History, tourist information, and nearby accommodation
by Barbara Ballard
The tower was altered over the years to become the comfortable family home it now is. In medieval times the Great Hall was the centre of action and all the rooms lead off it. In 1780, the Hall was changed into a dining room. In 1862, Anthony Salvin ( a successful 19th century architect who did restoration work on both Windsor Castle and the Jewel House in London), oversaw alterations and rebuilding of the castle for the fourth Baron Muncaster. The present drawing room was at one time a courtyard. A fake battlemented pele tower was added on the northwest to match the existing one. The castle's tapestry room is reported to be haunted by a wicked jester.
The king is honoured with his portrait in the octagonal library, one of the most important rooms in the castle. Built where the medieval kitchens once stood, it contains 6000 books and fine furniture, and is decorated with a brass railing and a coved ceiling dating from 1780. An Elizabethan banqueting table holds a collection of miniature furniture, used as sales samples during the reign of Charles II. An elaborate Ongley dinner service is on show along with a painting by Gainsborough.
12th century Muncaster Church, in the estate, was also altered by Anthony Salvin who added the north transept and built a tracery partition between the annex and chancel. A 1000-year-old cross shaft stands in the grounds.
Walks are another delight of the estate. The Terrace Walk with its views over Eskdale Valley and the Lakeland fells is particularly scenic. John Ruskin described it as 'the gateway to paradise', which could easily be a description of the entire Eskdale Valley. Rare Asian plants can be spotted on the hilly Sino-Himalayan Walk. It's hard to imagine but the weather here is the same as that found where the plants originally grew, at an altitude of 11,000 ft. A nature trail leads to a wood where huge old trees hide badgers, deer, squirrel and fox. Birds frequent the trail that starts from the Meadow Vole maze. A meadow voles is a 3-inch long field mouse that can be destructive to plantings.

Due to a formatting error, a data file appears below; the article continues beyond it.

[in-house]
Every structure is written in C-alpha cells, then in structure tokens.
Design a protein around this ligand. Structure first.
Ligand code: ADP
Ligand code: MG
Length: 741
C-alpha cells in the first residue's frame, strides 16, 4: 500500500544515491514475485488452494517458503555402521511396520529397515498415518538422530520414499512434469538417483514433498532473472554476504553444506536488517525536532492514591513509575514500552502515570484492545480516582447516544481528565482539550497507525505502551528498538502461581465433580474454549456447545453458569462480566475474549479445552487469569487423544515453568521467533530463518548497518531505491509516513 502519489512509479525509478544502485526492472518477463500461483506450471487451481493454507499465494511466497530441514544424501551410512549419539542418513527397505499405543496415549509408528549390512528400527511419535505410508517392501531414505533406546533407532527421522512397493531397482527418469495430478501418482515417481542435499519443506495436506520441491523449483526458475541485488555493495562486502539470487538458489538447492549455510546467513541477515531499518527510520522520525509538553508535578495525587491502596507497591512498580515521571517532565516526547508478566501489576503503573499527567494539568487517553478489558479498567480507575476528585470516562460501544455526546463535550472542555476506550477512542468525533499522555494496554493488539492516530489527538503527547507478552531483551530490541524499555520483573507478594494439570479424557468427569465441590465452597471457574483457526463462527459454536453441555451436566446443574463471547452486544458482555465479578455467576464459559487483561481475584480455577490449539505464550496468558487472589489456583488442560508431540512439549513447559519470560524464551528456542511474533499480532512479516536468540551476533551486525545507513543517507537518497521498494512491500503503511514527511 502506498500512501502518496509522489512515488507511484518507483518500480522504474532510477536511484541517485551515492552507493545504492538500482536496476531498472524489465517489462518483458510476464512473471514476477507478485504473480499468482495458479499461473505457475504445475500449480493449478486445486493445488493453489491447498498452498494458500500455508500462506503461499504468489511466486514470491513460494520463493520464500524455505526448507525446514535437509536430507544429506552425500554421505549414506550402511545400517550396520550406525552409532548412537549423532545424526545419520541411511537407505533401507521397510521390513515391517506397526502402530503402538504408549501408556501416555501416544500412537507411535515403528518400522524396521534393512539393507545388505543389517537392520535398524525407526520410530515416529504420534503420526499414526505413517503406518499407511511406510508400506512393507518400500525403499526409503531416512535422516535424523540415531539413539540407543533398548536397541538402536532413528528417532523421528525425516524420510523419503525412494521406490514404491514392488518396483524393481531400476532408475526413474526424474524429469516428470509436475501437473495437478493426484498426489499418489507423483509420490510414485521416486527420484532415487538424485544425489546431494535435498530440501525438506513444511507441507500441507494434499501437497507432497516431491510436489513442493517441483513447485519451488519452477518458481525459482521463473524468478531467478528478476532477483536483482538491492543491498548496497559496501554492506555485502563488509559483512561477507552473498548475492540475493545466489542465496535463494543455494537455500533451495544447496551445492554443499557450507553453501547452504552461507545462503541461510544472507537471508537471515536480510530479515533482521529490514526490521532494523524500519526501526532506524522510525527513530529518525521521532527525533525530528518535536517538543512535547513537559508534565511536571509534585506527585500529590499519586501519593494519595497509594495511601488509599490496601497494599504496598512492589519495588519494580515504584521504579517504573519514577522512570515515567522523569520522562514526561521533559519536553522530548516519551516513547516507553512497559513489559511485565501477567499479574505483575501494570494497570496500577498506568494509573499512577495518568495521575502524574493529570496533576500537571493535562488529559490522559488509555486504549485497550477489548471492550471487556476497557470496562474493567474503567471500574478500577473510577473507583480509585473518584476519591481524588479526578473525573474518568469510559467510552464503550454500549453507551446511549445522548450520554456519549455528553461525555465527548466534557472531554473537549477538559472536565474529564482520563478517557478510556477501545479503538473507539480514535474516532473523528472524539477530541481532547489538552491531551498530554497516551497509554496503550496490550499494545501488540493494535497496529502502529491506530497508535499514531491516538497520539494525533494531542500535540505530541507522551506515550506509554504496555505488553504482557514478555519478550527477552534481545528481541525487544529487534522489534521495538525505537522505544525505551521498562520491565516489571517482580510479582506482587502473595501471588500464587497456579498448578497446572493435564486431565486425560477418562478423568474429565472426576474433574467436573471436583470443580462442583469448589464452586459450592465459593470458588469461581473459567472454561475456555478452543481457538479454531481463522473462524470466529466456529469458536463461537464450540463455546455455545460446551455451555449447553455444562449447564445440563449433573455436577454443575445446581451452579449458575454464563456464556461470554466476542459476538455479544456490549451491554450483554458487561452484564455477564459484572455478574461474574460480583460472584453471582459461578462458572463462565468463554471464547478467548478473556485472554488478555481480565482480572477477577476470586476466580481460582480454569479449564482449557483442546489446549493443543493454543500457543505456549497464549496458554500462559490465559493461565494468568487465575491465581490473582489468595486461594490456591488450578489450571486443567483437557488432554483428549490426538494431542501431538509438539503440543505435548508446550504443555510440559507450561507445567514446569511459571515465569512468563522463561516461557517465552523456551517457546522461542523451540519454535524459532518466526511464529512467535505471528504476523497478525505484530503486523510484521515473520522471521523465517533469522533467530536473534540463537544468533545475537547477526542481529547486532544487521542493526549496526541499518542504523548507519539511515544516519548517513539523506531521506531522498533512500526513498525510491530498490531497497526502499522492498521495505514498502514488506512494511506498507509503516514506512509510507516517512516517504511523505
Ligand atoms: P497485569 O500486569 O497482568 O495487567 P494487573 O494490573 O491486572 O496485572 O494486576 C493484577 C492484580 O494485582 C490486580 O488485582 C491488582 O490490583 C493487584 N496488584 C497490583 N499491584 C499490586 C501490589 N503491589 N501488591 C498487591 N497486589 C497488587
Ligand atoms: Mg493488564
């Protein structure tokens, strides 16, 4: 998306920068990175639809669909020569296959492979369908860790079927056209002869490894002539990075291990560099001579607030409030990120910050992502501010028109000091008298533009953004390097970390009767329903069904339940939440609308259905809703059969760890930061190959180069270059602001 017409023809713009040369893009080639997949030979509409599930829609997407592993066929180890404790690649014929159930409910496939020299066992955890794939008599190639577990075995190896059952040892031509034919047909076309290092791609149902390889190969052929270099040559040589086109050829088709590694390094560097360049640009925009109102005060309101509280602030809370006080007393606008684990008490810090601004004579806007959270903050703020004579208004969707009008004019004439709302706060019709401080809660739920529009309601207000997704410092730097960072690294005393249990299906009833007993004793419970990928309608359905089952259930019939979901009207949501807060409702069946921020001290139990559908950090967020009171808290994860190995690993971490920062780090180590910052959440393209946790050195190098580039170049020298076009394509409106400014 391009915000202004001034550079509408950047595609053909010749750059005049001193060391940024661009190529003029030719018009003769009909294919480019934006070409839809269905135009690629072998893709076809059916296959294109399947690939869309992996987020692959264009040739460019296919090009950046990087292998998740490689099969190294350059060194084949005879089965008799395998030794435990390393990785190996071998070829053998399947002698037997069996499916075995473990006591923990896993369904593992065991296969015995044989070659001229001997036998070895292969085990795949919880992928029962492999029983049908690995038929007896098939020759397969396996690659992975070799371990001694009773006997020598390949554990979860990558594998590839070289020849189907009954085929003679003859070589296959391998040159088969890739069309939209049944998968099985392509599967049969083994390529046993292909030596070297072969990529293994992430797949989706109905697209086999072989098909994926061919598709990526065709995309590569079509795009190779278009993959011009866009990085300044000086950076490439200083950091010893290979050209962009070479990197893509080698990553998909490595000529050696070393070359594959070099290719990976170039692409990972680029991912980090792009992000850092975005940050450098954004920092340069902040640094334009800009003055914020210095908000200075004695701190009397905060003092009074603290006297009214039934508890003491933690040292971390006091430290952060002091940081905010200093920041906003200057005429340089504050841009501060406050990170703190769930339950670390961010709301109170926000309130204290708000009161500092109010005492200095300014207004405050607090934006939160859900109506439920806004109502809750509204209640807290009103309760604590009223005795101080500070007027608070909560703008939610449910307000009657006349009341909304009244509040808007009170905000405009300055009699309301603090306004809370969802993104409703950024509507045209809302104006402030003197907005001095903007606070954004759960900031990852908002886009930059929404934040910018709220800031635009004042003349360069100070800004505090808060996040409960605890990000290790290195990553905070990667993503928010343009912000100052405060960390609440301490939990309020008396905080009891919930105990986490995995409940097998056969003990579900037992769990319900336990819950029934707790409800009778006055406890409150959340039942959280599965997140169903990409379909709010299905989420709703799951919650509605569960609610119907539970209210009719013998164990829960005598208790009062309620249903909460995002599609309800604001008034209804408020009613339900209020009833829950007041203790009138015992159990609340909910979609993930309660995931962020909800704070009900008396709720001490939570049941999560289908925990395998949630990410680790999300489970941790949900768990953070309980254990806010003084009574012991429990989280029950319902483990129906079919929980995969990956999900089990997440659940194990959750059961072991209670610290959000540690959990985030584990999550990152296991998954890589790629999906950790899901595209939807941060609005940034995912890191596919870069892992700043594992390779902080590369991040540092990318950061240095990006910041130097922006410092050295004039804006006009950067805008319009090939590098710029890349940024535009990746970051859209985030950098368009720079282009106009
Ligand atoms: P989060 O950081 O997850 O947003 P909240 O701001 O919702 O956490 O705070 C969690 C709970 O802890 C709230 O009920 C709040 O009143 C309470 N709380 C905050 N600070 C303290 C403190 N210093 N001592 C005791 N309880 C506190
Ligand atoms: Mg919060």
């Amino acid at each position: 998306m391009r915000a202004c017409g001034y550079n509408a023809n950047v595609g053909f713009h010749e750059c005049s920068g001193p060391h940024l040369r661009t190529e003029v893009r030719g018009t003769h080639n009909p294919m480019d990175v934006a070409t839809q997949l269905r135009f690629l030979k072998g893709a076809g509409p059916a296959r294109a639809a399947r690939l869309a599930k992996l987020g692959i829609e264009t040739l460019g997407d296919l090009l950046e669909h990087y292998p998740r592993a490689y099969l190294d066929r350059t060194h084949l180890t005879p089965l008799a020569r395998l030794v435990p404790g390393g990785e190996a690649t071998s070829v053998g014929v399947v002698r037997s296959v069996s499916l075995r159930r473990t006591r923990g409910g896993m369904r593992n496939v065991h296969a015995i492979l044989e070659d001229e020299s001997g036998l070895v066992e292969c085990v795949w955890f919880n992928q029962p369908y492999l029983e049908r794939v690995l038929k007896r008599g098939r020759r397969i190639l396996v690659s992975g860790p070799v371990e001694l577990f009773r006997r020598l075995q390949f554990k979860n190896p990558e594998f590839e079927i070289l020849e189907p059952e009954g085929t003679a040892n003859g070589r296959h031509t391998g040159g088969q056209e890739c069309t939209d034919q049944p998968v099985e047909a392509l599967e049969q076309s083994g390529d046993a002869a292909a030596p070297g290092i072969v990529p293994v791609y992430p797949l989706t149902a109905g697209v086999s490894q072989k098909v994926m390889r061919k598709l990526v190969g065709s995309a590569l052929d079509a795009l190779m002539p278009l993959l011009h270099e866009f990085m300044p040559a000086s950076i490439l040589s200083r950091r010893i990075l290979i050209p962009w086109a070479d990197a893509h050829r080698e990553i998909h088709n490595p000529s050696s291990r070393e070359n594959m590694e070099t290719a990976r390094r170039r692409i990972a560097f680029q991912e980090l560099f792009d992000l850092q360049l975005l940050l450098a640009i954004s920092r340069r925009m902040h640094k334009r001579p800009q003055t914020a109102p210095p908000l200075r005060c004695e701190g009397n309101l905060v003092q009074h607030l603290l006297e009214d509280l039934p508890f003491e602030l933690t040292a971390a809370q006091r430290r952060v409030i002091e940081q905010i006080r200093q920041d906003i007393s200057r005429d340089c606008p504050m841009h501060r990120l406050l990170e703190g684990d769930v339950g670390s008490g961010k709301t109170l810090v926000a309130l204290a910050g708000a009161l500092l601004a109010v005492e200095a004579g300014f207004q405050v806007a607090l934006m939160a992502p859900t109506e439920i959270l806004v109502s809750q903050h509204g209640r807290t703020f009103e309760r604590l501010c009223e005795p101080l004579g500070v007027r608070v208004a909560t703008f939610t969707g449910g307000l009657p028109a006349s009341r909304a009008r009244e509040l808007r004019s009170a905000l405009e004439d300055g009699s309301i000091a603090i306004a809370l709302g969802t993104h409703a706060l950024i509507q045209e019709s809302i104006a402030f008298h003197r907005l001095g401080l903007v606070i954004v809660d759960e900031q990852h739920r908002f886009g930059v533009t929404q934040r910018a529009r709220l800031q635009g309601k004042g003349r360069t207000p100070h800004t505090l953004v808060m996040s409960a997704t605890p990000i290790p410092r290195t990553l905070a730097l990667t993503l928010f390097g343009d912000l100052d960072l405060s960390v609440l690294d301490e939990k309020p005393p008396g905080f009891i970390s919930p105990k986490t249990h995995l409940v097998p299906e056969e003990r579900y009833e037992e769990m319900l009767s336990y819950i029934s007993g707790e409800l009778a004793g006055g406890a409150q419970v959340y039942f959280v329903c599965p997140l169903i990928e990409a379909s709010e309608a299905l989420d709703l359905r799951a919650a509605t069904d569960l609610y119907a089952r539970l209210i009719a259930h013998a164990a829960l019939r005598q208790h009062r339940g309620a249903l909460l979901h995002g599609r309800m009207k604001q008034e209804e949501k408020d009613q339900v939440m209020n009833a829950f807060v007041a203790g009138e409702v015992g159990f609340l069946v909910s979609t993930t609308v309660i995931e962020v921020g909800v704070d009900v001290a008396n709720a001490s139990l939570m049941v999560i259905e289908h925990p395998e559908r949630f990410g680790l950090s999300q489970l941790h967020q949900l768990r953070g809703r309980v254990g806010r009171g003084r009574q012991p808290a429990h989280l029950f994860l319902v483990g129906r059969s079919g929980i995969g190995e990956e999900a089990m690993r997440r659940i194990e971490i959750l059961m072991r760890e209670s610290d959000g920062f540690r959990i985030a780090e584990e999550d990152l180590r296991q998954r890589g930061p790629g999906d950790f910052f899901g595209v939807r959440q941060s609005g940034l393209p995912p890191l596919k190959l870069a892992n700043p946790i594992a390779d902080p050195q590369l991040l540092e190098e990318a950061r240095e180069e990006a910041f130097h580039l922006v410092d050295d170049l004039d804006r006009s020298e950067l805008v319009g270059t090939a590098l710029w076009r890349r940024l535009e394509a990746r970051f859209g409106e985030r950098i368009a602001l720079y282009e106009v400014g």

Muncaster is also home to the Owl Centre and World Owl Trust, with 48 species from all over the world. The largest species, the European Eagle Owl and the two smallest, the Pigmy and Scoop Owls can both been seen. Other species include the Barn, Ural, Spectacled, Milky Eagle, Brown Fish, Burrowing, and Ethiopian Eagle owl. Video cameras are placed in some of the nesting boxes, allowing visitors a close-up peek at the owls. Conservation breeding programs and owl research are conducted.
Muncaster Castle is a great family day out. Start with viewing the castle and its treasures, move on to countryside walks, have a meal, then view the owl centre and attend the "Meet the Birds" session in the afternoon. It's history, nature and scenery combined into a wonderful Cumbrian package.
Address: Ravenglass, Cumbria, England, CA18 1RQ
Attraction Type: Castle
Location: in Muncaster, just S of the A595
Phone: 01229 717 614
Historic Houses Association
OS: SD103 965
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NEARBY HISTORIC ATTRACTIONS
Heritage Rated from 1- 5 (low-exceptional) on historic interest
Muncaster, St Michael's Church - 0.2 miles (Historic Church)
Ravenglass Roman Bath House - 1 miles (Roman Site)
Irton Church and Cross - 2.7 miles (Historic Church)
Stanley Ghyll Force Waterfall - 4.8 miles (Countryside)
Gosforth, St Mary's Church - 4.9 miles (Historic Church)
Gosforth Cross - 4.9 miles (Historic Building)
Eskdale - 5.2 miles (Countryside)
Ulpha, St John's Church - 6.1 miles (Historic Church)
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